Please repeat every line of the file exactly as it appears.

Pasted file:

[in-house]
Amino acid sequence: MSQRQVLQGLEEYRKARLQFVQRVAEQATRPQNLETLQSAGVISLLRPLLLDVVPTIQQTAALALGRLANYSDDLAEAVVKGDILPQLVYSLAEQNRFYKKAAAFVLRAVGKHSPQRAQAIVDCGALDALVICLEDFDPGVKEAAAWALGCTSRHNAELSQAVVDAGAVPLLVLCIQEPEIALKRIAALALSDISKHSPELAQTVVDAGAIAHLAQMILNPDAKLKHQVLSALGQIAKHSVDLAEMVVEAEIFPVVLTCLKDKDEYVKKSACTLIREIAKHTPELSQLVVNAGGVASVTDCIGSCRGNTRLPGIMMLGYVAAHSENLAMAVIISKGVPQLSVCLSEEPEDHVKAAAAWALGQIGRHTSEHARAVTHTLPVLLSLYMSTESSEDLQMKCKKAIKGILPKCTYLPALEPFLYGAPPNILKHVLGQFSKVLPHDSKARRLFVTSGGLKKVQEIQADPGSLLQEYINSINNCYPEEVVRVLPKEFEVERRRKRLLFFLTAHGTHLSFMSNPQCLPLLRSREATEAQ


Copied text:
[in-house]
Amino acid sequence: MSQRQVLQGLEEYRKARLQFVQRVAEQATRPQNLETLQSAGVISLLRPLLLDVVPTIQQTAALALGRLANYSDDLAEAVVKGDILPQLVYSLAEQNRFYKKAAAFVLRAVGKHSPQRAQAIVDCGALDALVICLEDFDPGVKEAAAWALGCTSRHNAELSQAVVDAGAVPLLVLCIQEPEIALKRIAALALSDISKHSPELAQTVVDAGAIAHLAQMILNPDAKLKHQVLSALGQIAKHSVDLAEMVVEAEIFPVVLTCLKDKDEYVKKSACTLIREIAKHTPELSQLVVNAGGVASVTDCIGSCRGNTRLPGIMMLGYVAAHSENLAMAVIISKGVPQLSVCLSEEPEDHVKAAAAWALGQIGRHTSEHARAVTHTLPVLLSLYMSTESSEDLQMKCKKAIKGILPKCTYLPALEPFLYGAPPNILKHVLGQFSKVLPHDSKARRLFVTSGGLKKVQEIQADPGSLLQEYINSINNCYPEEVVRVLPKEFEVERRRKRLLFFLTAHGTHLSFMSNPQCLPLLRSREATEAQ